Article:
System Frequency Range: the manufacturer’s stated operating frequency range of the device under test, whether it is a single loudspeaker, a small array, or an entire system.
Playback Level: a level adjustment to the M‑Noise test signal, which is applied before the signal arrives at the reference channel of the frequency analyzer.
Provisional Linear Frequency Response Level: a relatively low Playback Level used to establish the linear frequency response of the system. It is the Playback Level of the test signal, which produces a coherence of nearly 100% when a microphone is placed close to the loudspeaker.
Confirmation Linear Frequency Response Level: a Playback Level that is at least 3 dB louder than the Provisional Linear Frequency Response Level. If the frequency responses at the Provisional and Confirmation Levels match, this is the linear frequency response of the loudspeaker.
Compression Target Trace: the stored linear frequency response, offset by -2 dB.
Linear Frequency Response Coherence Criteria: the coherence should correspond to 15 dB SNR or greater within the frequency range of the loudspeaker when measuring the linear frequency response.
Coherence Reduction Target: a coherence corresponding to 10 dB SNR or less for more than 1/3rd octave within the frequency range of the loudspeaker.
|Some analyzers, like SIM3, display Magnitude Squared Coherence, where 0 dB SNR corresponds to 50% coherence. Other analyzers, like Smaart, display Magnitude Coherence, where 0 dB SNR corresponds to 71% coherence. Use the following table to find the correct Linear Frequency Response Coherence Criteria and Coherence Reduction Target for the analyzer used. It is useful to set coherence blanking to these values when possible.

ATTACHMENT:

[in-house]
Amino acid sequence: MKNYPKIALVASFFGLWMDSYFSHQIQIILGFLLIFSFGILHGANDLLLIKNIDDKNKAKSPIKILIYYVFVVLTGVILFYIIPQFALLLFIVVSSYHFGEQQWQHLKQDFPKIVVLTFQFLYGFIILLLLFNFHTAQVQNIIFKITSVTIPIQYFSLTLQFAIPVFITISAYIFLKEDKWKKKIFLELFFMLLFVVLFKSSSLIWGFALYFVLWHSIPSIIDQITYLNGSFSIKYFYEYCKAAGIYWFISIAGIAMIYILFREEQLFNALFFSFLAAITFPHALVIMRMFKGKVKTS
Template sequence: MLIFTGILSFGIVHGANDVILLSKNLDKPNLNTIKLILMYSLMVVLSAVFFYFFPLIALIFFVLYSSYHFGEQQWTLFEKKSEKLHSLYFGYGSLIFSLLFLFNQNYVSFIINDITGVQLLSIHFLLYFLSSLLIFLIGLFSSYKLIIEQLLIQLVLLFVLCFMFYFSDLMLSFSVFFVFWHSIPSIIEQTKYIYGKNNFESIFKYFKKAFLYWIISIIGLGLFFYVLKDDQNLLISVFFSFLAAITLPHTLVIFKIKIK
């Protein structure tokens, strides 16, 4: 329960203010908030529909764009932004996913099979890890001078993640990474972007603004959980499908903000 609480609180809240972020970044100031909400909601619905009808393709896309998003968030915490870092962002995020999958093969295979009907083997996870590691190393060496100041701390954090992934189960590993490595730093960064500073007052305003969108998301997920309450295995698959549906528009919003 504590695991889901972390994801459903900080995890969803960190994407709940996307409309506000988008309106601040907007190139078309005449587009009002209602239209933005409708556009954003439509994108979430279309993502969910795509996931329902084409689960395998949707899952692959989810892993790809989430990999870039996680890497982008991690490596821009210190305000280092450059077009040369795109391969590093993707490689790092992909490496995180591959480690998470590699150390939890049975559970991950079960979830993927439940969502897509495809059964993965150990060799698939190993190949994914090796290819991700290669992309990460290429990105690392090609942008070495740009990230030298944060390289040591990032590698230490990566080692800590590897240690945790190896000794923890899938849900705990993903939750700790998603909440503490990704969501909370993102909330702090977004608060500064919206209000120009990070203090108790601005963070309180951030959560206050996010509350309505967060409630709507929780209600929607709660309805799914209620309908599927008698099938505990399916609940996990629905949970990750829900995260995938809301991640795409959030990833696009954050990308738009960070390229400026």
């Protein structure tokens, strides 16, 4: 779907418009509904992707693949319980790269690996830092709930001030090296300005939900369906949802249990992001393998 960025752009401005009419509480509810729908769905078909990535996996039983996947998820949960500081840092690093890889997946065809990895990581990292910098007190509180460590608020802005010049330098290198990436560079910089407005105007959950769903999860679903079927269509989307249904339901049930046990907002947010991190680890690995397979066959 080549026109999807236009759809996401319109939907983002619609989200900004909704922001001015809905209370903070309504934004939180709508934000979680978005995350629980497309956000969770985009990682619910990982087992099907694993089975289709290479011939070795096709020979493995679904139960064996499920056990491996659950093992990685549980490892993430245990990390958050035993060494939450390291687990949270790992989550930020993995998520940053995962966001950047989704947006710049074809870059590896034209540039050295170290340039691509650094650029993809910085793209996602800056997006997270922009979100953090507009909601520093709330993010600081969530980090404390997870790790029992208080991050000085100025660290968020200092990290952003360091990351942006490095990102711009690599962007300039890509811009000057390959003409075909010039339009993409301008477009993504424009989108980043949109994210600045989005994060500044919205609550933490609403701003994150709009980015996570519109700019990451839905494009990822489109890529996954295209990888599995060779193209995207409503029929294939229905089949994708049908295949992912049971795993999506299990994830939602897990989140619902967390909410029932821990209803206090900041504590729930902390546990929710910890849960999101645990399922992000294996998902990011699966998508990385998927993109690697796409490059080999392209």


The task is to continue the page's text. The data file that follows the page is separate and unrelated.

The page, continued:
|Mag Squared Coherence
Maximum Linear SPL of the loudspeaker: the peak-hold and slow weighted SPL at a documented position using the test signal when the Compression Target or Coherence Reduction Target are reached.
“Document”: when used as a verb in this procedure means to record information in some way such that an audio professional who has access to the “documents” could replicate the procedure and get the same results. For example, “documenting” the microphone position could mean making a drawing, taking a picture, or writing a description in the notes field of a stored trace.
- Verify the M‑Noise file used for testing is unaltered from the original by performing a checksum of the downloaded .wav file (SHA or MD5) and compare to the checksum value listed at M‑Noise.org.
- Put a calibrator on the SPL microphone and document that the microphone reads the correct SPL (most calibrators produce 94 dB).
- Look up the maximum electrical input and output voltages of all the audio devices used to ensure the loudspeaker can be driven to its maximum linear output, typically at least +18 dBu, and sometimes as much as +24 dBu. For example, if the playback device produces a maximum of +16 dBu and the maximum input to the loudspeaker system is +24 dBu, insert a device between them to add 8 dB of gain. Do not change this gain during the procedure.
- Document the audio devices used, their settings, and the signal path between them.
- Document the loudspeaker position and the SPL microphone position.
TIP: Watch the M‑Noise Practical Use video available at M‑Noise.org for further setup details.
When using a software analyzer with an audio interface (such as Smaart), the following steps may be necessary:
- Put a calibrator on the microphone connected to the analyzer to ensure the expected maximum SPL will not clip the analyzer input. For example, if the calibrator produced 94 dB and the loudspeaker is expected to produce 134 dB peak, the microphone input meter must read -40 dBFS or lower.
- Using a “Y” cable, especially between devices made by two different manufacturers, is sometimes problematic. Instead do one of the following:
- Use an auxiliary output, set to unity gain, and use it as the reference signal for the analyzer. Add enough gain to the main output to achieve maximum output from the loudspeaker. Do not change these gains during the procedure.